Corsair SPEC-01 Case 280 Radiator Installation

I recently acquired a Corsair SPEC-01 case and a Kraken X61 all in one liquid cooler in opened-package "new" condition.  I am nearly certain both of these items were store returns that somehow made their way into the hands of a distressed merchandise retailer and subsequently onto Craigslist where I found the case for $25 and the cooler for a cool $60.


When trolling for used PC parts deals, you often don't get to pick and choose the exact parts combinations for builds and have to figure out how to work with what luck brings your way.  Lucky for me, I think builds are much more interesting when the parts don't quite fit together without some hacking and creativity!


Even with the recent trends towards more clean front PC cases, I like direct front to back airflow setups, and being as I have not had extra budget in any build to use a premium case, the entry level Corsair SPEC-01 accurately fits my cheap style.  When this one came up on Craigslist at roughly half of current retail price, I jumped on the opportunity.

The Kraken X61 is a bit of a gamble and I still don't know if it will pay off.  The various stickers  on the box indicate that this unit was sold at some point by NCIX and was returned with the reason being "did not fit".  If the clues are accurate, I'm hoping it does not exhibit any other manufacturing defects and can run for the designed 6 years.  But if not, I lose because Kraken requires the original purchase receipt for warranty service and I do not have that!  Another problem may be the negative reviews I read about the CAM software required to set up the device.  As this will likely be a used parts budget build, I'm hoping I don't have to contend with a piece of software that eats up 3% or more of my system resources all the time.  But, with some luck everything will work out ok.

The first step is to remove the front face of the SPEC-01 by pulling on the large bottom tab.  This may put up quite a bit of resistance the first few times.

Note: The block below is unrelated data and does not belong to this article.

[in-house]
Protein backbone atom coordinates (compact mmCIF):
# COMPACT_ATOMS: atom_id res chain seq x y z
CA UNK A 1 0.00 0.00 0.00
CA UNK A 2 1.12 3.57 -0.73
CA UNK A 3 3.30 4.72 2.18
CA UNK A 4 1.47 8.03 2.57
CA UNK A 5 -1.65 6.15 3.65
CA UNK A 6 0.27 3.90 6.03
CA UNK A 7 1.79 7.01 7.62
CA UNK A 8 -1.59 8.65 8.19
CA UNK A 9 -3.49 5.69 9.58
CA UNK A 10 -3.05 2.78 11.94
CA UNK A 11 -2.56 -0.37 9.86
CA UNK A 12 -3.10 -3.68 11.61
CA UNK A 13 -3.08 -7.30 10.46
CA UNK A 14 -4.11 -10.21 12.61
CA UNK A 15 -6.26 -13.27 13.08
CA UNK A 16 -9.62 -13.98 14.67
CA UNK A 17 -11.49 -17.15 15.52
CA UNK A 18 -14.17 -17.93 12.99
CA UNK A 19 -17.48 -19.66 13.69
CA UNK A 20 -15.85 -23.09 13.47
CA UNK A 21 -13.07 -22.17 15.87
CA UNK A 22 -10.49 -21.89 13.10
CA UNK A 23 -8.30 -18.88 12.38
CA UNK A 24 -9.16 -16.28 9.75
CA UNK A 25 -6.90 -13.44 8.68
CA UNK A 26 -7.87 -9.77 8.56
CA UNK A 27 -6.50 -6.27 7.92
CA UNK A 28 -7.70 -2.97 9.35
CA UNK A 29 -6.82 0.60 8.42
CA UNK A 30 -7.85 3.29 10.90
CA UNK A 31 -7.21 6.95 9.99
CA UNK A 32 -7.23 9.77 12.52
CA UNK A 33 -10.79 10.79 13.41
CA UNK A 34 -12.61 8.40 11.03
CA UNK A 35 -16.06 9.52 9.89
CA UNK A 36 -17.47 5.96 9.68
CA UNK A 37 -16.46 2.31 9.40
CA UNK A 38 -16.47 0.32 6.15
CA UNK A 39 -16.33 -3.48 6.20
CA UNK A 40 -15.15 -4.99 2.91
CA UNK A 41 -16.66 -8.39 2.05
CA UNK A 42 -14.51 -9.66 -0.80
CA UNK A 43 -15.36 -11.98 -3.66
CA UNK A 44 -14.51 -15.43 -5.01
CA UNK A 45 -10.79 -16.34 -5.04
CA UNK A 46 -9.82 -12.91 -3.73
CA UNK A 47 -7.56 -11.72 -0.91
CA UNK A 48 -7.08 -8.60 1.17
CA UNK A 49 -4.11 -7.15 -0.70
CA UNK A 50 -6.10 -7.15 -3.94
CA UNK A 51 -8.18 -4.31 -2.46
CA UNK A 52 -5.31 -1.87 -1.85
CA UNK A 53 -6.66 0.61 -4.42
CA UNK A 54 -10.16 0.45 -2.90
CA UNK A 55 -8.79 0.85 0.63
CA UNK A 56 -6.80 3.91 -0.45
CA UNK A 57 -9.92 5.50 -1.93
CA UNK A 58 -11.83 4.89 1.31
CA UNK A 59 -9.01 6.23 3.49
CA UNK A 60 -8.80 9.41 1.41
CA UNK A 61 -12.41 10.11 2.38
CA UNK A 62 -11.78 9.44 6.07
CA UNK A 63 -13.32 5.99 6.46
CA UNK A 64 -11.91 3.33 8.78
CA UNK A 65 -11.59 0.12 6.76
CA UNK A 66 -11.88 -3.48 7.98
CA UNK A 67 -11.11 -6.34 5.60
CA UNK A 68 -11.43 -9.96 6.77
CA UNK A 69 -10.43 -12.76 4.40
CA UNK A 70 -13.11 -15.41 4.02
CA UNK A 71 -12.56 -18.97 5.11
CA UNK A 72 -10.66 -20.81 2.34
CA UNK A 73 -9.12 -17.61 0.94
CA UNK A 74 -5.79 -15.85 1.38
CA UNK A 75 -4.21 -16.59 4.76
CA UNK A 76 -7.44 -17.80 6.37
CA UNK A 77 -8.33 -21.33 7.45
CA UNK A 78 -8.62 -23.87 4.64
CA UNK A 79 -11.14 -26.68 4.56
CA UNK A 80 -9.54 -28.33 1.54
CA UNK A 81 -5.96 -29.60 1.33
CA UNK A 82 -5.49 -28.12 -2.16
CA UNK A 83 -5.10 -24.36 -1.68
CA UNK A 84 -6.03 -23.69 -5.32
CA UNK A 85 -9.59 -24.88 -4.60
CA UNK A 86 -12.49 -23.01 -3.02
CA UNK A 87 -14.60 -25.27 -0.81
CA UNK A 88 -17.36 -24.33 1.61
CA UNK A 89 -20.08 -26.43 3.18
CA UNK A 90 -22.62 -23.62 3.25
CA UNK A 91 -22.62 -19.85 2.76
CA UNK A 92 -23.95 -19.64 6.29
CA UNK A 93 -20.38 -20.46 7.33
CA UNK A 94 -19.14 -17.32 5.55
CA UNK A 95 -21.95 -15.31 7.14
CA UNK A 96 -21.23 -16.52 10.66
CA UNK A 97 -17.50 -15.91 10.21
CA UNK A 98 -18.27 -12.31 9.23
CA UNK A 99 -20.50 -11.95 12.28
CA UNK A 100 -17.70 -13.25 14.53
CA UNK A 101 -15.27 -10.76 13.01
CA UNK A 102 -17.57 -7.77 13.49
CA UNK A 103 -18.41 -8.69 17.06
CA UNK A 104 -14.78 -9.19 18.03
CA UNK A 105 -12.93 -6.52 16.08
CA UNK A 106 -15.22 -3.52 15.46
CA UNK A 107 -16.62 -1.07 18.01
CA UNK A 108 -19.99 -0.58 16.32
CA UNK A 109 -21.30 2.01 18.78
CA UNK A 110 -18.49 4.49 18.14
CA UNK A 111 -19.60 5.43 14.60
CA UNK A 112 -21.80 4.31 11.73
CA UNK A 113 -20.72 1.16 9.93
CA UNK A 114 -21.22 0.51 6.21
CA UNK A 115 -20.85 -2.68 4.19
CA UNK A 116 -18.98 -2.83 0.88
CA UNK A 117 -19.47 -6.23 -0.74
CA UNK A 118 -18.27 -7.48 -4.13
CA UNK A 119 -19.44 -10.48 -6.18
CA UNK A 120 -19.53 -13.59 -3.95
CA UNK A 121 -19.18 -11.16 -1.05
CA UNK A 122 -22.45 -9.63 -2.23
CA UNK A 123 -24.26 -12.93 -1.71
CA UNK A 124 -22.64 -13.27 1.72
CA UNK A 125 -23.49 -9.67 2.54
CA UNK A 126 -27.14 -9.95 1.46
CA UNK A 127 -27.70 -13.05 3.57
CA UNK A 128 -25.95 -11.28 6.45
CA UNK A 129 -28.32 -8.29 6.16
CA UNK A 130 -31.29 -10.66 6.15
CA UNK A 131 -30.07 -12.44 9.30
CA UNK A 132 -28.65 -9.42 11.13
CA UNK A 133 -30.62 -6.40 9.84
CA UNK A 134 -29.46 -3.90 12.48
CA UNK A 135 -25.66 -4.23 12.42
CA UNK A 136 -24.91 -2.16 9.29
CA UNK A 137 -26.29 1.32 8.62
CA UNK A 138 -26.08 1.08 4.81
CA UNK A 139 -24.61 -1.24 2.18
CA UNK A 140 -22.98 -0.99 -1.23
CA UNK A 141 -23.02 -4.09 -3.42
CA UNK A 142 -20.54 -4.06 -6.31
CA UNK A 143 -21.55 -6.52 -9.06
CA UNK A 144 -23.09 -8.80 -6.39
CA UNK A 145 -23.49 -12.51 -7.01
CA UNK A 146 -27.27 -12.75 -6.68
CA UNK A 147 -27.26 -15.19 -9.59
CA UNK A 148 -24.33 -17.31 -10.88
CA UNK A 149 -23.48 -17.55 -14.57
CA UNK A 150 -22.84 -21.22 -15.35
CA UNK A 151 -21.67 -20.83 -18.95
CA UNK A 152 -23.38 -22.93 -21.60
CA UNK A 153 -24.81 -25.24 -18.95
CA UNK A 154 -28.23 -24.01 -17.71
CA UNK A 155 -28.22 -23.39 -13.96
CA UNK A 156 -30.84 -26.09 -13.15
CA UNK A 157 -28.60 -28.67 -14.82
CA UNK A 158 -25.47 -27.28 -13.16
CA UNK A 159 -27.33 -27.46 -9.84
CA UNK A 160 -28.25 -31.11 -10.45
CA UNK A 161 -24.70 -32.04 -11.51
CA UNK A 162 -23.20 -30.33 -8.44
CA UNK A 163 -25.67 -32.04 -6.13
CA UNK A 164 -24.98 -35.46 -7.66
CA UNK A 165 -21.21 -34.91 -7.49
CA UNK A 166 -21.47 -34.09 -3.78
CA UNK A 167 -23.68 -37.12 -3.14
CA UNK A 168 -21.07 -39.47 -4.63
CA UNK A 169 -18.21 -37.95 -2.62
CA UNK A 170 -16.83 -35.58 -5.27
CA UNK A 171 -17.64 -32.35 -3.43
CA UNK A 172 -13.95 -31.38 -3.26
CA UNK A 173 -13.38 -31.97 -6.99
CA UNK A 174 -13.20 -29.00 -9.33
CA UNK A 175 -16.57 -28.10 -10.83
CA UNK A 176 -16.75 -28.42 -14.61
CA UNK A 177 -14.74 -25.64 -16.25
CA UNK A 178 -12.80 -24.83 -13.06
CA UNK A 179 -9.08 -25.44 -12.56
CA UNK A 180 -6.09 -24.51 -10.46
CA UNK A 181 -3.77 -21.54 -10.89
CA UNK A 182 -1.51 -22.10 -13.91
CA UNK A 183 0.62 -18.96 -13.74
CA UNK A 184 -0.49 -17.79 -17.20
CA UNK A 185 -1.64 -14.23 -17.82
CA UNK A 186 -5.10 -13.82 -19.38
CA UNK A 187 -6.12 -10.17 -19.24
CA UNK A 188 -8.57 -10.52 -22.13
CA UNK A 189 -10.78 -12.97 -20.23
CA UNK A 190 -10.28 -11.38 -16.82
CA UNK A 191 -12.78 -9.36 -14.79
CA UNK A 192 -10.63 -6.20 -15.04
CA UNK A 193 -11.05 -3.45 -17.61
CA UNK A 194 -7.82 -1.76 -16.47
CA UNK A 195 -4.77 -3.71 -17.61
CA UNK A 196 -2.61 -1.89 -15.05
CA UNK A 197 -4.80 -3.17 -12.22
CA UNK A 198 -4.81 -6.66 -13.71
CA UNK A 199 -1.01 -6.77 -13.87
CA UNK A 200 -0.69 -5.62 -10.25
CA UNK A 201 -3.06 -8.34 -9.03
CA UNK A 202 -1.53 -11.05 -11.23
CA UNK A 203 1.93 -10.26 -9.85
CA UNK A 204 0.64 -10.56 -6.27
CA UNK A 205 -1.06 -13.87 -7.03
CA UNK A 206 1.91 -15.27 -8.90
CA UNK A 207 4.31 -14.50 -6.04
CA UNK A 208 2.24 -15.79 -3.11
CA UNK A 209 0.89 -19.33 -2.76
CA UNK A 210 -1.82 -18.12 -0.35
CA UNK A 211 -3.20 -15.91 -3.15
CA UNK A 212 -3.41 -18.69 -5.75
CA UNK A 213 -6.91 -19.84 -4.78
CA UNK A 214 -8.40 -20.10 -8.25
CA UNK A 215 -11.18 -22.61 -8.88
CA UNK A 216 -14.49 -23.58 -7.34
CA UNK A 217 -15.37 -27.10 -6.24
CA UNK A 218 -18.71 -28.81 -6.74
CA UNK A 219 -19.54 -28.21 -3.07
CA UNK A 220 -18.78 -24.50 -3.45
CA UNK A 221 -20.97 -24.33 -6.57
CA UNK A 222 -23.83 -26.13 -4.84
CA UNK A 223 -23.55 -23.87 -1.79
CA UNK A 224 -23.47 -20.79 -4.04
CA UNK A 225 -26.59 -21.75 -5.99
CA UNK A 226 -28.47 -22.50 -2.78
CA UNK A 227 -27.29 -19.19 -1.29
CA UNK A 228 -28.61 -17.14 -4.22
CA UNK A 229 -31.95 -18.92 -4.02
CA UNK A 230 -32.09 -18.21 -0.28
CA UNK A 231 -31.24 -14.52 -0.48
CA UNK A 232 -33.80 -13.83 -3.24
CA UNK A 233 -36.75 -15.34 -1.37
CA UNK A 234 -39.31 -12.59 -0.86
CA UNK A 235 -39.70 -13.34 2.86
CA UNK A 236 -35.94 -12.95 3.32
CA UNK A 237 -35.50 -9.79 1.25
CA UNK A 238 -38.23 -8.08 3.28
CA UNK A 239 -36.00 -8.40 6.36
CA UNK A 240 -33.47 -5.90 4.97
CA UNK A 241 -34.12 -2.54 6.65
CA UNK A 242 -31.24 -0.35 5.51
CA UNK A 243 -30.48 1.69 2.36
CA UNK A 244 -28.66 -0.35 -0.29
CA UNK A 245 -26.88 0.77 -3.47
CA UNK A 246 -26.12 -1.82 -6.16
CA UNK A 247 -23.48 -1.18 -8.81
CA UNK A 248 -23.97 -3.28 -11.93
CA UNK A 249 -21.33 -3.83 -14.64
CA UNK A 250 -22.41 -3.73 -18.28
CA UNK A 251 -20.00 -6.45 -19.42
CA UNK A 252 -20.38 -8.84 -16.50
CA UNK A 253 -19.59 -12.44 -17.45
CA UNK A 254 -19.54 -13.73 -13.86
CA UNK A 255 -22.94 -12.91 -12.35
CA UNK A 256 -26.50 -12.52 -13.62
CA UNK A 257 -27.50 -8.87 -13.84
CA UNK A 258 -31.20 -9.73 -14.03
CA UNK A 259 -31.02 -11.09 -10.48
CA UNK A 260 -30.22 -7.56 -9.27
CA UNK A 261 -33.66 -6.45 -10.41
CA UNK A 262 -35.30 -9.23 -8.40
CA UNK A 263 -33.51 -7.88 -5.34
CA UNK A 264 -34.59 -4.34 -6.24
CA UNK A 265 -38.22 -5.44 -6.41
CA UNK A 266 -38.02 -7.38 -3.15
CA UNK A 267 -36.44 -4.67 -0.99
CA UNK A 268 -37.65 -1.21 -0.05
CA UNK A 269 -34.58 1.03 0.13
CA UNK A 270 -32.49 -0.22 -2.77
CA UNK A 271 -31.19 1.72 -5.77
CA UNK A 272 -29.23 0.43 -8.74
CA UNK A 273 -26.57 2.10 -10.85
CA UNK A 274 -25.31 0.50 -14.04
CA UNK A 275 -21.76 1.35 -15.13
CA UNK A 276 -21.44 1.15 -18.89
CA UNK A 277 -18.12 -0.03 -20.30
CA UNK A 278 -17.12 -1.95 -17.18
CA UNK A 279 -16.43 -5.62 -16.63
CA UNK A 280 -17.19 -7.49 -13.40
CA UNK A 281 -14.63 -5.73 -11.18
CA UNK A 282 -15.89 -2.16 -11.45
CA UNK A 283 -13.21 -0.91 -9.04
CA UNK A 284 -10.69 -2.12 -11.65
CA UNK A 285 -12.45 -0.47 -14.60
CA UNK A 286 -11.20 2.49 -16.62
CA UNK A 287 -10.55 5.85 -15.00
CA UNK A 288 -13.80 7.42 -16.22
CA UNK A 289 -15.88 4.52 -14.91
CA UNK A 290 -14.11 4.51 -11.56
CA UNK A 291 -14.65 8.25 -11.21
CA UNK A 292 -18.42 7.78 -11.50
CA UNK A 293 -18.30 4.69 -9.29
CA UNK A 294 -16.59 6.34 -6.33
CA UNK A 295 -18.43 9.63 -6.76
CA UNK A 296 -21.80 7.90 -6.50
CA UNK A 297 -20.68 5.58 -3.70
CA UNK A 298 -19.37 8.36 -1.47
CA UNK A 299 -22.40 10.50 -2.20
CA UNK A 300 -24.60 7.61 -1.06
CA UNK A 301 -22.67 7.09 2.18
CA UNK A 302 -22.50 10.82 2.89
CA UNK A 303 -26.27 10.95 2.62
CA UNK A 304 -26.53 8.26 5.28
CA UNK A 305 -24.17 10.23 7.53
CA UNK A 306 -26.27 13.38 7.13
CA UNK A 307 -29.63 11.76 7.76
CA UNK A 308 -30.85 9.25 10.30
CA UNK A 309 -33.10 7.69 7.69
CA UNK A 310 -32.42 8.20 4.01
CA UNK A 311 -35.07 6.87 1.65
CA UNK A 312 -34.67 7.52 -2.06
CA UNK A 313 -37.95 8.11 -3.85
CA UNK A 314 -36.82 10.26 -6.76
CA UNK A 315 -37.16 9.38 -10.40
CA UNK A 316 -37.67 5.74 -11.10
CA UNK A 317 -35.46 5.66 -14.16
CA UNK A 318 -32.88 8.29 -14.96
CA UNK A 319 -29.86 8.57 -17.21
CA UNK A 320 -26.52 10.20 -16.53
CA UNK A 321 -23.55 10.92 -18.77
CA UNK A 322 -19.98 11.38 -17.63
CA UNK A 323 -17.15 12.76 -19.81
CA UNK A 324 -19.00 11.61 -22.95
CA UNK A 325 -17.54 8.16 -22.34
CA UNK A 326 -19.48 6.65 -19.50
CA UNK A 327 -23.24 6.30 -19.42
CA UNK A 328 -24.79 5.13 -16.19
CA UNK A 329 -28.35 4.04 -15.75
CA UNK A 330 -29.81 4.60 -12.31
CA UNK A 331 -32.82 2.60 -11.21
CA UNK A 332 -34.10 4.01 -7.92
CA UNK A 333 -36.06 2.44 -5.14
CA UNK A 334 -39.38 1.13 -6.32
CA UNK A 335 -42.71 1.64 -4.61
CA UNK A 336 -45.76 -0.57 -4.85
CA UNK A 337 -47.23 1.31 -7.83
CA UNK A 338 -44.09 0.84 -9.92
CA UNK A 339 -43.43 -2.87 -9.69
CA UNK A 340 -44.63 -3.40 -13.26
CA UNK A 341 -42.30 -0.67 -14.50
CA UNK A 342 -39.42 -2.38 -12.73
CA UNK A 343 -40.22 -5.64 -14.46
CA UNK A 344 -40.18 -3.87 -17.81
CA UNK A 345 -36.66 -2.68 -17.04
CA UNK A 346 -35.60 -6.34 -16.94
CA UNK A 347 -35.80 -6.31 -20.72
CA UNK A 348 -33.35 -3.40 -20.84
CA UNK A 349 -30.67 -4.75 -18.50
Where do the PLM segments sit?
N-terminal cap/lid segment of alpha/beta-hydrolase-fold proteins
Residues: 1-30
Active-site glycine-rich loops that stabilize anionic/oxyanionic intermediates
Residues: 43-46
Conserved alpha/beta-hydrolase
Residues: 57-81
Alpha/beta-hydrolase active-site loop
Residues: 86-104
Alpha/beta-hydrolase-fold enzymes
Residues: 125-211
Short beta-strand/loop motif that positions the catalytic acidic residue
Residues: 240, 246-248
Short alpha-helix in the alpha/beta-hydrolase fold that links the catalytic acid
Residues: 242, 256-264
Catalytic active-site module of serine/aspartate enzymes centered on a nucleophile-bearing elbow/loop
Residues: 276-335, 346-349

This will expose the single red LED illuminated 120mm fan that comes with the case.  Four screws remove this fan.


I decide that the most straight-forward place to mount the 280 radiator is right behind the front cover in this position.  On the bottom side, we see the bottom lip of the case obstructing the radiator's reservoir.



On the top side, there are no physical obstructions to mounting the radiator, but the rubber tubes will need to pass directly through the bottom 5.25" drive bay which will reduce the expandability of the case, but should be a pretty clean and seamless solution.


So, the first order of business is to cut the bottom of the case for the radiator reservoir to clear.  I used some blue painter's tape to clearly mark the cutout area.


And a fiber reinforced dremel cutoff wheel goes through the thin sheetmetal with ease.  Is that a "feature" on cheap cases?  Maybe.


After some cleanup with a file, this is what we end up with.



The case is definitely weakened a little bit, but once the radiator is screwed into position, it should add back a bit of lost rigidity.

And, here we have our mount position for the radiator.  Nice and clean with minimal case cutting!



Turning my attention to the plastic front cover, there are definitely some new obstructions that will need to be dealt with.  Because the top of the radiator is intruding into the 5.25" drive bay area, I will need to make a few cuts to the plastic plate.  The front cover was only intended to accept two 140mm fans and the reservoirs protrude further that this at the top and bottom.


This flat plastic section will need to be removed.